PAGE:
A Georgia mother who did not think her teenage son was ready to be a father was sentenced to a year in jail last week for illegally signing a parent consent form for his 16-year-old pregnant girlfriend so she could get an abortion.
The lawyer representing the teenage girl said today that he's considering a civil suit against the Atlanta clinic that performed the abortion, suggesting the clinic might be soliciting abortions from underage girls.
Cindi Cook, 44, received the maximum possible sentence for a misdemeanor crime in Georgia last week after a judge found her guilty of violating the state's parental notification law and interfering with child custody. She will serve the one-year jail term in the DeKalb County Detention Center.
Cook was originally charged in January after she signed the consent form with her own name but dishonestly claimed to be the girl's mother. She chose a bench trial over a jury trial, unsuccessfully defending herself in the case.
No one answered the phone at Cook's Atlanta-area home.
DeKalb County Solicitor-General Robert James, who prosecuted Cook's case, said that he had never seen a case in which a mother so clearly overstepped her bounds in making a decision for another family's daughter.
"Ms. Cook's conduct was reprehensible," James told ABC News. "I think it's inappropriate for one parent to make a decision about another parent's child, especially an abortion or any serious medical procedure."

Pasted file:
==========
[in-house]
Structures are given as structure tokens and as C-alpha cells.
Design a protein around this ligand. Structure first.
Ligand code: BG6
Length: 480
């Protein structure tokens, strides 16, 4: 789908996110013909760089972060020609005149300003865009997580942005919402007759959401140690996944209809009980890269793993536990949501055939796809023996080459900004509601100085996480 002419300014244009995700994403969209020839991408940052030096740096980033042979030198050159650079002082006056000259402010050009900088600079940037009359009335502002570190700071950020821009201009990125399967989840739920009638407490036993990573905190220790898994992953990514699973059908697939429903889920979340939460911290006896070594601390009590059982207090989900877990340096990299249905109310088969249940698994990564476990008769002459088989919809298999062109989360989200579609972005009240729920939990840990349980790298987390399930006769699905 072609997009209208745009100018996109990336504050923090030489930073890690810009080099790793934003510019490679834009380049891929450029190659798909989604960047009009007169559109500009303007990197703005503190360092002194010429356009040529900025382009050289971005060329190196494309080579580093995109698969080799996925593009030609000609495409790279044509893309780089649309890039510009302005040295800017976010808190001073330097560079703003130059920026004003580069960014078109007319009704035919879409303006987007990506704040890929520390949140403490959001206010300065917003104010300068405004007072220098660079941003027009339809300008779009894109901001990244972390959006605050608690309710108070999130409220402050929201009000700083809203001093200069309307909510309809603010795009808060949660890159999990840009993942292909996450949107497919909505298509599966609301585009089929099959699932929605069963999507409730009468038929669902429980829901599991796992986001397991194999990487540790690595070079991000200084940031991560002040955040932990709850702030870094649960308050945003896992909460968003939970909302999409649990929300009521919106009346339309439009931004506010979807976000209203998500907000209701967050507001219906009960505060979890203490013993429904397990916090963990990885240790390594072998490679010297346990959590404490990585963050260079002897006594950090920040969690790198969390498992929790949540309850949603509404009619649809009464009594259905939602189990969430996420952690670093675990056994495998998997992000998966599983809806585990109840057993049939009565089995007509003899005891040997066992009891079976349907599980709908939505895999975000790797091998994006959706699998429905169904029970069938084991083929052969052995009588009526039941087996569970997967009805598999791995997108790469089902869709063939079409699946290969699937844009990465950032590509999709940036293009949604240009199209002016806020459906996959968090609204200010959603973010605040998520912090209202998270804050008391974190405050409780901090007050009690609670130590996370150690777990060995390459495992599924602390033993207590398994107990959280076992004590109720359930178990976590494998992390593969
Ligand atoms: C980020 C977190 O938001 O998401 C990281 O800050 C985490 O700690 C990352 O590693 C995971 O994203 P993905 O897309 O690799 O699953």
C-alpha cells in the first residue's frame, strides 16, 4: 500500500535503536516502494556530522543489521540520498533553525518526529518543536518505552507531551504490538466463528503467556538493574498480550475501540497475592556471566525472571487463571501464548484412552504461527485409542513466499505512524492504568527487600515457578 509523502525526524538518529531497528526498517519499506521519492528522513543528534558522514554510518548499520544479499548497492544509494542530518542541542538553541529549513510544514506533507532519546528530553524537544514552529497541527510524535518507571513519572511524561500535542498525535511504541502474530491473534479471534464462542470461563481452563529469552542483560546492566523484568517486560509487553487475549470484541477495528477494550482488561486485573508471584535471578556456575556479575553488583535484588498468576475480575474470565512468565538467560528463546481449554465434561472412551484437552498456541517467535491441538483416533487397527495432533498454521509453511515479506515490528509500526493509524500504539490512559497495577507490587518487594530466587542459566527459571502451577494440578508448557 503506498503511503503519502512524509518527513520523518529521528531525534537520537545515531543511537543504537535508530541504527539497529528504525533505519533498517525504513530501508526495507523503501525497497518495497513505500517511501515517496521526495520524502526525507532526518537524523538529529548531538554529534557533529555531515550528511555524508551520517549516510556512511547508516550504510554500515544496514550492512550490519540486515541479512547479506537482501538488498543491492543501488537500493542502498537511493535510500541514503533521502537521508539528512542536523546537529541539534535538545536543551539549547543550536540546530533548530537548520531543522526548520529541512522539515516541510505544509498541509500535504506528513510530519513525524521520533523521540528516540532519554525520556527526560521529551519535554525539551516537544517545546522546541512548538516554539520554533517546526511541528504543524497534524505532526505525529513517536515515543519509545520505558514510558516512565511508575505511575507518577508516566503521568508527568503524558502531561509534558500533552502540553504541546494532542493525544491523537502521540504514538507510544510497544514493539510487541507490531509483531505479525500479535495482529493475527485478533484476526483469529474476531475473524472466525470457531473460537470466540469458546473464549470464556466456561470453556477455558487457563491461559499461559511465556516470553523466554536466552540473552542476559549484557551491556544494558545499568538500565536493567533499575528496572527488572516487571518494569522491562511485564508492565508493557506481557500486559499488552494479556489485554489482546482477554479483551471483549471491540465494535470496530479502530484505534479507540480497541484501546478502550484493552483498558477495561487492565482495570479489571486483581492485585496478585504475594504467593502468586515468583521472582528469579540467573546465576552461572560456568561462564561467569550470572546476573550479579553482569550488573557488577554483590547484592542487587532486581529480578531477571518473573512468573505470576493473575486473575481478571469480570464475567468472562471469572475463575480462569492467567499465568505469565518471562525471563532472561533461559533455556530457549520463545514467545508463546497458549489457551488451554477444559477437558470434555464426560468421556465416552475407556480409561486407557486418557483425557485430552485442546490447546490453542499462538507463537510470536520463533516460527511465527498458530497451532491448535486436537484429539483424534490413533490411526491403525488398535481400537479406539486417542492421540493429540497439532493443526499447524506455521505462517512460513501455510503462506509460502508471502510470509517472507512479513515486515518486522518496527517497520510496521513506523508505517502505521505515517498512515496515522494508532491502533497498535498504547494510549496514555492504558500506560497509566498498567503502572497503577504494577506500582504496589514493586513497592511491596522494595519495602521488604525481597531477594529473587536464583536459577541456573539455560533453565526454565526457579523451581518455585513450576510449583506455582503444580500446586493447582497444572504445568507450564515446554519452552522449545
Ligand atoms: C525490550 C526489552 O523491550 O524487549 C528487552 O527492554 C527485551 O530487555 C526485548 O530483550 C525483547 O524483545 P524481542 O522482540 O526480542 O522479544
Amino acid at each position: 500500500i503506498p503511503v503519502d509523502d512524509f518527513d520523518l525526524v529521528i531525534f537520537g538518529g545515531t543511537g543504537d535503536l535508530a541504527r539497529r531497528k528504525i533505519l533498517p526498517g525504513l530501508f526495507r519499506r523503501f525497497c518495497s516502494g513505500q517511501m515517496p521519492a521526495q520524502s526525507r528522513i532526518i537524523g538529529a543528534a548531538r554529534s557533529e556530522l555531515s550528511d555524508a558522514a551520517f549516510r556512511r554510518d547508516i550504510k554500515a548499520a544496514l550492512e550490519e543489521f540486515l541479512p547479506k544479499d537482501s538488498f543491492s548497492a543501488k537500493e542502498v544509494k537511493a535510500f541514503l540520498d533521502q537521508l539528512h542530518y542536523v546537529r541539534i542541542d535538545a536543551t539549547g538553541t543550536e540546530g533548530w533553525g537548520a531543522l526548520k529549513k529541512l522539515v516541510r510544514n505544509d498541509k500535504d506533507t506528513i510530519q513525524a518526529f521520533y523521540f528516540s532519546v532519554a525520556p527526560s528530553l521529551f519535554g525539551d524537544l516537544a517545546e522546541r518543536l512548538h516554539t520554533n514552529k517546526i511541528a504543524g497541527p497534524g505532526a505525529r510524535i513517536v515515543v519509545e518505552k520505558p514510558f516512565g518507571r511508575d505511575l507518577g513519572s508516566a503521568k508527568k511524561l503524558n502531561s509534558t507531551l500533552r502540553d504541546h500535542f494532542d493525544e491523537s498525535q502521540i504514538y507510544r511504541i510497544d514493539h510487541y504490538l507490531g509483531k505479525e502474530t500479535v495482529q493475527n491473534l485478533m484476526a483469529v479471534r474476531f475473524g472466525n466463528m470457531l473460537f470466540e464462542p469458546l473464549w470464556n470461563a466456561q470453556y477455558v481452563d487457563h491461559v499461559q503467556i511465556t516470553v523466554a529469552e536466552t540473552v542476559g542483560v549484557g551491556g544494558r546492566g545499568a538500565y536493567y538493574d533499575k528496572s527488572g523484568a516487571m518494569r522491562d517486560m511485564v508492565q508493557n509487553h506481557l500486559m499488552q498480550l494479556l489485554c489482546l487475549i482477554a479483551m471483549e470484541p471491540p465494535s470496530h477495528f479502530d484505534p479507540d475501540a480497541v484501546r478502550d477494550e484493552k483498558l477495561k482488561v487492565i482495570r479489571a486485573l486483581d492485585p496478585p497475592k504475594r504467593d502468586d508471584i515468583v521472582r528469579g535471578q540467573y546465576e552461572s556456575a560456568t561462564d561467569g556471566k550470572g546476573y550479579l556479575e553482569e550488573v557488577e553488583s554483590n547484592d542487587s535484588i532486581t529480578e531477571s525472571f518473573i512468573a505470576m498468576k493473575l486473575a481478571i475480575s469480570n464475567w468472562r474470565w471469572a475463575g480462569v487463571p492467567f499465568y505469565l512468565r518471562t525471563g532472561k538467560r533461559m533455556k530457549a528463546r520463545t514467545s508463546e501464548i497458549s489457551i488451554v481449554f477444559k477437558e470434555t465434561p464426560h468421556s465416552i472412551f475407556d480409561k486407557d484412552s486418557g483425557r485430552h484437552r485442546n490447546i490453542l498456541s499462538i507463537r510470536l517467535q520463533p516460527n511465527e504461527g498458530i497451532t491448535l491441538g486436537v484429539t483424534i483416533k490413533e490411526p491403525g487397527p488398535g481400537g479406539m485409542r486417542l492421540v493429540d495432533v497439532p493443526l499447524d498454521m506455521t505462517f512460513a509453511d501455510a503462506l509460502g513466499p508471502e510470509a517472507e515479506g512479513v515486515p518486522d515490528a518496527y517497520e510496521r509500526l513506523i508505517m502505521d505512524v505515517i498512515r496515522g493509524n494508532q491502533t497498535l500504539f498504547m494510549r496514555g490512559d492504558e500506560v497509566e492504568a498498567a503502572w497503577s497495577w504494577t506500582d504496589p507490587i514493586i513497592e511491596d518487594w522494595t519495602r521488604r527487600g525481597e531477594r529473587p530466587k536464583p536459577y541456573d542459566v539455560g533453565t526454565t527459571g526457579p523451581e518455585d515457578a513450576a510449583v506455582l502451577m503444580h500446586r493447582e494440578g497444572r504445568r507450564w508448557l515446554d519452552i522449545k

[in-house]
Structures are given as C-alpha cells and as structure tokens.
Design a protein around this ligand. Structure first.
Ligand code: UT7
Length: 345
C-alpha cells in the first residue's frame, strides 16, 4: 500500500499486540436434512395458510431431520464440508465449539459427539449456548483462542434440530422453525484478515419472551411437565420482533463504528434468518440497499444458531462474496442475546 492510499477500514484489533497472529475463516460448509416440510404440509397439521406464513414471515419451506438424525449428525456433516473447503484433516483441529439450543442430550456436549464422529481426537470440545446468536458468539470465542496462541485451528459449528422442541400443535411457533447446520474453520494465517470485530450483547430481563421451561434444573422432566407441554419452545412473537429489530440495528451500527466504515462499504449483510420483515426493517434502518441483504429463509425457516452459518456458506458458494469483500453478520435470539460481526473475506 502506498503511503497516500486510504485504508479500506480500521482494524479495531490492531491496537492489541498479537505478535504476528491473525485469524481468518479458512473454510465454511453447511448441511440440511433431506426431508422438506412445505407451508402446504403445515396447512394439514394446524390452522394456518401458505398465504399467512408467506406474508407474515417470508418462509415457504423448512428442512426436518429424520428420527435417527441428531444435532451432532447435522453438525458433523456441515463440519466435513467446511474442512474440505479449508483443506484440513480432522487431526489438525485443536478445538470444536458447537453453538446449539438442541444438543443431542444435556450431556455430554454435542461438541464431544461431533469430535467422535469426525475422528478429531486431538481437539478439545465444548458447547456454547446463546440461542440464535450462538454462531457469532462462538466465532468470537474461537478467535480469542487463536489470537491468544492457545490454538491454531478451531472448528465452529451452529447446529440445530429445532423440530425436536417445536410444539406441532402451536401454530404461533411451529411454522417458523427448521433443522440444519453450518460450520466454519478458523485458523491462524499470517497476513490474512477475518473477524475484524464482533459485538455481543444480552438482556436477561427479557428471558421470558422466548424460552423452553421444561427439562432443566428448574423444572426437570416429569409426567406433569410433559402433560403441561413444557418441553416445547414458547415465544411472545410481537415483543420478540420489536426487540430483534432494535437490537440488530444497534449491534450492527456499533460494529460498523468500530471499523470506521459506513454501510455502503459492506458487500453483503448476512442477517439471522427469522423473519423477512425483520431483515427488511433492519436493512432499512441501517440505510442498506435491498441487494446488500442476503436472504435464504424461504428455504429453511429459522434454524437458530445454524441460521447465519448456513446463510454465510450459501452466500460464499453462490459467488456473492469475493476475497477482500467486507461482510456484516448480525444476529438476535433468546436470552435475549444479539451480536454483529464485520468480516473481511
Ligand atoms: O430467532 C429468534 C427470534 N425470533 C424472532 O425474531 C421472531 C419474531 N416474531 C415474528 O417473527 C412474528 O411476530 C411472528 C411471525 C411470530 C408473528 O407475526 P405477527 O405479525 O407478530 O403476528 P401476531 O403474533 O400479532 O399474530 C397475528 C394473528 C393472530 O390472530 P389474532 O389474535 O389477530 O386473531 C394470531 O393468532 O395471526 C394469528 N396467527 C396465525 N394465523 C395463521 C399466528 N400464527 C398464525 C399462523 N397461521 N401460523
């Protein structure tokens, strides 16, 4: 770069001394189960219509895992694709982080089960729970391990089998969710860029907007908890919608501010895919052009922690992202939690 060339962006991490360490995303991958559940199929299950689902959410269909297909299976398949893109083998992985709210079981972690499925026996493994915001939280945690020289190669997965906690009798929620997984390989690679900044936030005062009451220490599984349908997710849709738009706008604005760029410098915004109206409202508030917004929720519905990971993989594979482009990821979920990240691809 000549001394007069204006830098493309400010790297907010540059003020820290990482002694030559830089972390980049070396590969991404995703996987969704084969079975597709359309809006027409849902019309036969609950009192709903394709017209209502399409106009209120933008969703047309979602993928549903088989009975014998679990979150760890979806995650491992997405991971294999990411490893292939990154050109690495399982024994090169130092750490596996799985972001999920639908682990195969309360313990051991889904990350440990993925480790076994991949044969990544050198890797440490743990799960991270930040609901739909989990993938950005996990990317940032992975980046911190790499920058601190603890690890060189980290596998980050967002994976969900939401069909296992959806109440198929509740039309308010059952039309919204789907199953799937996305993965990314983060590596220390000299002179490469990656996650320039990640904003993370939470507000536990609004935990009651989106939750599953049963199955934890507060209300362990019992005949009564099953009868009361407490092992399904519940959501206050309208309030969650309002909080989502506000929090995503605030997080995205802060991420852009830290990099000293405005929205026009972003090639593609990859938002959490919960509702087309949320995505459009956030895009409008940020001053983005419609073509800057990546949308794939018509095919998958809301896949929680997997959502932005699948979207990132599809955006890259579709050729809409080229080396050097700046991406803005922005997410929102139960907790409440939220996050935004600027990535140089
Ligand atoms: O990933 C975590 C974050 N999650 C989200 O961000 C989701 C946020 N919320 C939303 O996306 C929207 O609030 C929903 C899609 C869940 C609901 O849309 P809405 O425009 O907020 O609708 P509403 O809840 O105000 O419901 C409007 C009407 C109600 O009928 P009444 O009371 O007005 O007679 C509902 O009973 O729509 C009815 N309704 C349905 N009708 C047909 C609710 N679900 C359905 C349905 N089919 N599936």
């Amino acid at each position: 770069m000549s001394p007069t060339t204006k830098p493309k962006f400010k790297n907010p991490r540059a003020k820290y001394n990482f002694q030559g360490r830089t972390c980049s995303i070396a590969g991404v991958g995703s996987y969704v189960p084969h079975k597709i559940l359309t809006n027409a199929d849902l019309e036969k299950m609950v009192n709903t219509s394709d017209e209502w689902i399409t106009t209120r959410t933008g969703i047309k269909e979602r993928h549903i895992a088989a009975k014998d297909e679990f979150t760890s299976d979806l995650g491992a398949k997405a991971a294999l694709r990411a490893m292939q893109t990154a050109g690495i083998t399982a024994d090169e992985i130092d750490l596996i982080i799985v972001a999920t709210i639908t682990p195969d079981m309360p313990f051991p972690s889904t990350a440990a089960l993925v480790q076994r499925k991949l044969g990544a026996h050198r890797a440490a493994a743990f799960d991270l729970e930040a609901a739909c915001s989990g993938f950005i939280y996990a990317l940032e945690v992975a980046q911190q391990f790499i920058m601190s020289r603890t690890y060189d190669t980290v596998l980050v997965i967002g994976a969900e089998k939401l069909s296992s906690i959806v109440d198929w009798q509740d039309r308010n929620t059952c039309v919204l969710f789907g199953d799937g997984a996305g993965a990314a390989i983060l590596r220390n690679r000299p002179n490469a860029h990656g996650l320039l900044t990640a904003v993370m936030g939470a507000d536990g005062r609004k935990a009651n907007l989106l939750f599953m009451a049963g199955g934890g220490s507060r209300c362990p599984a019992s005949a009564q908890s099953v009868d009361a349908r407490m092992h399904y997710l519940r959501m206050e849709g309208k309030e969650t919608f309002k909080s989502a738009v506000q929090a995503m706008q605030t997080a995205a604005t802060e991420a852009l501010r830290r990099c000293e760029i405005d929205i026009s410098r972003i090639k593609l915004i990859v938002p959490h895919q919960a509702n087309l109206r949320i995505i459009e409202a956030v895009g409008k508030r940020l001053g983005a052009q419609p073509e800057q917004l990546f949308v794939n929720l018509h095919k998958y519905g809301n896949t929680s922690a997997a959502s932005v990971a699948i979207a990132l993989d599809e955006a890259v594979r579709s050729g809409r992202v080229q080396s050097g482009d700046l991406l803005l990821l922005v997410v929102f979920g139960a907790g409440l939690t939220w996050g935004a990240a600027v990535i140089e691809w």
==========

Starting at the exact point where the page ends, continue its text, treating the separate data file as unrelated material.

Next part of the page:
Though she was not present at the clinic for the abortion procedure, the consent note with Cook's signature was used as evidence in the trial.
"Ms. Cook got herself in trouble when she held herself out to be the victim's mother," James said, "and when she executed a document that defined her as such."
"She actually got on the phone and found a clinic that would proceed without her being there," James said.
S. Fenn Little Jr., the attorney representing the teenage girl and her family, condemned Cook's behavior and also raised questions about the role of the Northside Women's Clinic, where the teenager had the abortion in May 2007, in the illegal abortion.
"It was very clear from the testimony at the trial that the girl was coerced and very much strong-armed into getting this abortion that she opposed, that her parents opposed and that at one point, the boy opposed," Little told ABC News. Cook's motivation, he said, was a fear that having a child might jeopardize her son's college plans.
The teenage girl told her parents about the abortion about a month after the procedure, Little said, and her parents called the police, triggering the investigation.
Little said he is considering a civil case against the Atlanta-based clinic.
"The issue is going to be whether this particular clinic was essentially soliciting underage girls seeking abortions," Little said.
Under Georgia state law, anyone under the age of 18 who is not married and not in an emergency medical scenario must be accompanied by a parent or guardian at the time of the abortion. The requirement can be waived if certain notification steps are made.
"There are some confirmation steps that you've got to take if there's a note, and they did not do that. They essentially directed Ms. Cook on how to have the abortion without taking those confirmation steps," Little said.
James, the solicitor-general, continues to look into whether the clinic failed to follow the Georgia code.